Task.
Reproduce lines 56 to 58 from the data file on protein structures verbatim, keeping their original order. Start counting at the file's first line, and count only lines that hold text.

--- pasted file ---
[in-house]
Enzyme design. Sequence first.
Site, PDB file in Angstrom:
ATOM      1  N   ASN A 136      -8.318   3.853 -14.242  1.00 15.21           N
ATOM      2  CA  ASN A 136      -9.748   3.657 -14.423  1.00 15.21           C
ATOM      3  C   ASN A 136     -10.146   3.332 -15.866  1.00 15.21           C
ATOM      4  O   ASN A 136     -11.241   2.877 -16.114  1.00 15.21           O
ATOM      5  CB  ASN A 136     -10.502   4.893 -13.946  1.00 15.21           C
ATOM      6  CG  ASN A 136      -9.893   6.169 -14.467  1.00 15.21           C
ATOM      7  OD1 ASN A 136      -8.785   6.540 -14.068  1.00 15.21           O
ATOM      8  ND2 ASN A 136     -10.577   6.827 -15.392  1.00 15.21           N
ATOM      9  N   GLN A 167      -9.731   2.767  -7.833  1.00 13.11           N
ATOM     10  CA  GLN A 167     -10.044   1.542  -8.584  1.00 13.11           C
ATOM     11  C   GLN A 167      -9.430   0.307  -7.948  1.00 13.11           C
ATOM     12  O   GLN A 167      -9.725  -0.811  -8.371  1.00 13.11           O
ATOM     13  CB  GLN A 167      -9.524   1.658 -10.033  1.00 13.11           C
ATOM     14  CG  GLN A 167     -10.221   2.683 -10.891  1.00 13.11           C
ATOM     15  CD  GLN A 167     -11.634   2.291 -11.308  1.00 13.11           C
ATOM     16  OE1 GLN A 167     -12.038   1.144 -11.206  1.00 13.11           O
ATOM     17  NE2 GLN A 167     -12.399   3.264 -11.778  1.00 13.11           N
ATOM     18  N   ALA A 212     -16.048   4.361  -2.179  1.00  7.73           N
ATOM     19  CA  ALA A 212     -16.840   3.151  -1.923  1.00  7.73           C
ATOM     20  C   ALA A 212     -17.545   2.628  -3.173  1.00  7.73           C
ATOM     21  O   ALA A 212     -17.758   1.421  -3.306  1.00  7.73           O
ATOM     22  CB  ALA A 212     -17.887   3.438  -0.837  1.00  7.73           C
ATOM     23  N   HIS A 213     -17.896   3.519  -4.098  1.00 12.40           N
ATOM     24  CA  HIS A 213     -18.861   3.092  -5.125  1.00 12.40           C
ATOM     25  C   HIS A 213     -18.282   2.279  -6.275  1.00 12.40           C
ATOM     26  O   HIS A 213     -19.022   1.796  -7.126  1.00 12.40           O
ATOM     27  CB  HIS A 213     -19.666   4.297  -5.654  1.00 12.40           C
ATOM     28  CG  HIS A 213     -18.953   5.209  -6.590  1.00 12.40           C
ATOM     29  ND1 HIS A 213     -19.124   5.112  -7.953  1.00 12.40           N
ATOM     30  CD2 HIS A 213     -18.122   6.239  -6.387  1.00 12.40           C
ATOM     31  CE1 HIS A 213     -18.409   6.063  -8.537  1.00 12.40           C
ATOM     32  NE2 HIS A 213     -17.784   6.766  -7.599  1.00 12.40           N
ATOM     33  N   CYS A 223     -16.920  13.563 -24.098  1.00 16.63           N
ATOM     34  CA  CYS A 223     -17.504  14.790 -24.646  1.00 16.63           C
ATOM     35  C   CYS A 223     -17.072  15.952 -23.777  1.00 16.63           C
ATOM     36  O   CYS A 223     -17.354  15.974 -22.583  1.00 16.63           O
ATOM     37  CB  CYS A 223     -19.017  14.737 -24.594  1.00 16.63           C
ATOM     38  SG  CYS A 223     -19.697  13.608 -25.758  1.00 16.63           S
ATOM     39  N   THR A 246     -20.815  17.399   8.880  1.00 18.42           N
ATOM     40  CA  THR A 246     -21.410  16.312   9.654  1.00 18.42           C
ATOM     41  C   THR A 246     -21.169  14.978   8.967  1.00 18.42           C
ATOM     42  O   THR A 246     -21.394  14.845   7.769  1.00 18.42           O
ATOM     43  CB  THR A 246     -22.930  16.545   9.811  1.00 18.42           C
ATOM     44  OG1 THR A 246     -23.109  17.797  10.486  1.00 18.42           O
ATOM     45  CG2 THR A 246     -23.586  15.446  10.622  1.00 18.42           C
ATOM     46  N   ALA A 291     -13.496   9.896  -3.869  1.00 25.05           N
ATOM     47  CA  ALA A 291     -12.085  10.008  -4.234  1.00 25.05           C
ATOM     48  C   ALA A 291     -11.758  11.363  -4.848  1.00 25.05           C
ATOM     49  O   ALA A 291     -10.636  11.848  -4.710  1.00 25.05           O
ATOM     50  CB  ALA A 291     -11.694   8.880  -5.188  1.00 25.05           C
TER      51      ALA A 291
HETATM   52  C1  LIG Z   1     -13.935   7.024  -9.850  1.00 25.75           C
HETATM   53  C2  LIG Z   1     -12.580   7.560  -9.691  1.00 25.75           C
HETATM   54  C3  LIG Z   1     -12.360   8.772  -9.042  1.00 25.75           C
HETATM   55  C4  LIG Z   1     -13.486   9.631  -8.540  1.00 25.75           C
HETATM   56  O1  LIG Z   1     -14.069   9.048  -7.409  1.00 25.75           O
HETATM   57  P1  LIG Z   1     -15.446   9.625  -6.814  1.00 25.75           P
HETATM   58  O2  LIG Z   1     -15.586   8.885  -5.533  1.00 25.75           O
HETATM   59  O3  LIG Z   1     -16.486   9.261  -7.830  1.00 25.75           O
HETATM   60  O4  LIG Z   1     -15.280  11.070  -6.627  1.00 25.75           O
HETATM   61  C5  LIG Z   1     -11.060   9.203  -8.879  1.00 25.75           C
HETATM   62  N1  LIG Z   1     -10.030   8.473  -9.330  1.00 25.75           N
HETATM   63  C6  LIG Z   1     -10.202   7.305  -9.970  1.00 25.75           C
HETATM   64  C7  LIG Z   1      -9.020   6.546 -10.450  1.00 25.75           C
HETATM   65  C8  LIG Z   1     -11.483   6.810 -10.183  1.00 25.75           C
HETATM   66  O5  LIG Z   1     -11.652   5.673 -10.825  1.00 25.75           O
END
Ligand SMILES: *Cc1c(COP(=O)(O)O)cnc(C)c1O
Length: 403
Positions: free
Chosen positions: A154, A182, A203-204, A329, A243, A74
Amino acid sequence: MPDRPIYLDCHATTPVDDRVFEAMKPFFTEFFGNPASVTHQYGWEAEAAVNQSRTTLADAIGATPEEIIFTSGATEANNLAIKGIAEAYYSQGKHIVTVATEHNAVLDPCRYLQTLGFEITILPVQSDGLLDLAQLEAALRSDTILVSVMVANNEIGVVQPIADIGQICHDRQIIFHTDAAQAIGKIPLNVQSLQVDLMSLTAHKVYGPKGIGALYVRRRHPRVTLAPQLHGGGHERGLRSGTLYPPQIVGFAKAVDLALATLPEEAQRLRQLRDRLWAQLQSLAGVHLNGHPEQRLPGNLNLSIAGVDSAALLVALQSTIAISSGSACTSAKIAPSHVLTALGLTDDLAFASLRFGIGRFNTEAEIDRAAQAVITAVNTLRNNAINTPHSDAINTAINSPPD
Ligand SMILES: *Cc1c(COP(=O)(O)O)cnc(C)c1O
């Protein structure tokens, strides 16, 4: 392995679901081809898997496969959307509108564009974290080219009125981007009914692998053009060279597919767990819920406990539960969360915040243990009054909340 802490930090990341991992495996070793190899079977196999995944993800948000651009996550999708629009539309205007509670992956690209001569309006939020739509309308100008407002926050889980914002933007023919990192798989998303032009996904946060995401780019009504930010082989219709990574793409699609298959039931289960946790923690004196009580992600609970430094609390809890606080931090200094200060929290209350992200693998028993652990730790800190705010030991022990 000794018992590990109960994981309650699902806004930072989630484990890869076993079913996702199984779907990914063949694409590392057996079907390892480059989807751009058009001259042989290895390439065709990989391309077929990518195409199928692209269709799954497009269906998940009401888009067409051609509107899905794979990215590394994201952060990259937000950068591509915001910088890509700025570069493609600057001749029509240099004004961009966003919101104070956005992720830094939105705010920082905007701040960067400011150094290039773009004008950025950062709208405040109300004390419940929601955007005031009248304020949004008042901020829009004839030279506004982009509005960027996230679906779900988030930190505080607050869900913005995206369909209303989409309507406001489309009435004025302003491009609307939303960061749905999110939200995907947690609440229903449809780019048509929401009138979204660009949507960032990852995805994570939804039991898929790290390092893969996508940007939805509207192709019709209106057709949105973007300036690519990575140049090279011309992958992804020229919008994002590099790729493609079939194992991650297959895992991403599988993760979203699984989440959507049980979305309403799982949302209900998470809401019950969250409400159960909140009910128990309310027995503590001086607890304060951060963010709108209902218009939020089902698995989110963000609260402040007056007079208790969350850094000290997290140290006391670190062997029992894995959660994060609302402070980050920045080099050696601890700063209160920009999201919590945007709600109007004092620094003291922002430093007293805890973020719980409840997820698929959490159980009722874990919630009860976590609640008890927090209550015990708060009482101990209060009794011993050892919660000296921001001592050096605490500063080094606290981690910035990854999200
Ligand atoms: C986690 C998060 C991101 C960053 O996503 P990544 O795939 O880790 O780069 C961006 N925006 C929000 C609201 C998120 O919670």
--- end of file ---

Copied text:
HETATM   53  C2  LIG Z   1     -12.580   7.560  -9.691  1.00 25.75           C
HETATM   54  C3  LIG Z   1     -12.360   8.772  -9.042  1.00 25.75           C
HETATM   55  C4  LIG Z   1     -13.486   9.631  -8.540  1.00 25.75           C